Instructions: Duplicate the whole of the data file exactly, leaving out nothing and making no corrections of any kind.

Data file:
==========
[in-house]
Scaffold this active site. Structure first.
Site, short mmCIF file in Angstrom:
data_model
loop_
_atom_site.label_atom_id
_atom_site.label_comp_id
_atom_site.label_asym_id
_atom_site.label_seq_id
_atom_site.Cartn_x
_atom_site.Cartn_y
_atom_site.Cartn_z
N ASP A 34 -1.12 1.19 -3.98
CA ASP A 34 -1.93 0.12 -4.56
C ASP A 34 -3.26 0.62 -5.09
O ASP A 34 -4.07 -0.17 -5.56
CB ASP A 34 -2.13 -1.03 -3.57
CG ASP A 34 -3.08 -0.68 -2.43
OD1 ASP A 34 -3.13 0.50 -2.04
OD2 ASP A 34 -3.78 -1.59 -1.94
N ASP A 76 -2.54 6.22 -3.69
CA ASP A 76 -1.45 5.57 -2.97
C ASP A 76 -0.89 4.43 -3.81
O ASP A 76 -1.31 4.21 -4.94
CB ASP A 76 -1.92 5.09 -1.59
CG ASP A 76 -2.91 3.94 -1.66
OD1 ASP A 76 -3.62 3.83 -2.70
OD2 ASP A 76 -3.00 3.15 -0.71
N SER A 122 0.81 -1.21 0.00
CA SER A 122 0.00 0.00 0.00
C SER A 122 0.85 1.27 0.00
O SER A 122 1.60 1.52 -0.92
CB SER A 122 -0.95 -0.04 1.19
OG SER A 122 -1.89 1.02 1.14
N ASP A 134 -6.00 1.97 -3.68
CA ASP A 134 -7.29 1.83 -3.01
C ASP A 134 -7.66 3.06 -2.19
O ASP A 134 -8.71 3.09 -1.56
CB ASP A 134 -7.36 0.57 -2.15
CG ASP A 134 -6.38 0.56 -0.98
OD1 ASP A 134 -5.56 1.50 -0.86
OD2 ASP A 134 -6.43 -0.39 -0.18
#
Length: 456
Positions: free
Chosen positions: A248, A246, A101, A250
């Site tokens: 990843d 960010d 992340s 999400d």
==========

[in-house]
Scaffold this active site. Structure first.
Site, short mmCIF file in Angstrom:
data_model
loop_
_atom_site.label_atom_id
_atom_site.label_comp_id
_atom_site.label_asym_id
_atom_site.label_seq_id
_atom_site.Cartn_x
_atom_site.Cartn_y
_atom_site.Cartn_z
N ASP A 34 -1.12 1.19 -3.98
CA ASP A 34 -1.93 0.12 -4.56
C ASP A 34 -3.26 0.62 -5.09
O ASP A 34 -4.07 -0.17 -5.56
CB ASP A 34 -2.13 -1.03 -3.57
CG ASP A 34 -3.08 -0.68 -2.43
OD1 ASP A 34 -3.13 0.50 -2.04
OD2 ASP A 34 -3.78 -1.59 -1.94
N ASP A 76 -2.54 6.22 -3.69
CA ASP A 76 -1.45 5.57 -2.97
C ASP A 76 -0.89 4.43 -3.81
O ASP A 76 -1.31 4.21 -4.94
CB ASP A 76 -1.92 5.09 -1.59
CG ASP A 76 -2.91 3.94 -1.66
OD1 ASP A 76 -3.62 3.83 -2.70
OD2 ASP A 76 -3.00 3.15 -0.71
N SER A 122 0.81 -1.21 0.00
CA SER A 122 0.00 0.00 0.00
C SER A 122 0.85 1.27 0.00
O SER A 122 1.60 1.52 -0.92
CB SER A 122 -0.95 -0.04 1.19
OG SER A 122 -1.89 1.02 1.14
N ASP A 134 -6.00 1.97 -3.68
CA ASP A 134 -7.29 1.83 -3.01
C ASP A 134 -7.66 3.06 -2.19
O ASP A 134 -8.71 3.09 -1.56
CB ASP A 134 -7.36 0.57 -2.15
CG ASP A 134 -6.38 0.56 -0.98
OD1 ASP A 134 -5.56 1.50 -0.86
OD2 ASP A 134 -6.43 -0.39 -0.18
#
Length: 456
Positions: free
Chosen positions: A248, A246, A101, A250
């Site tokens: 990843d 960010d 992340s 999400d």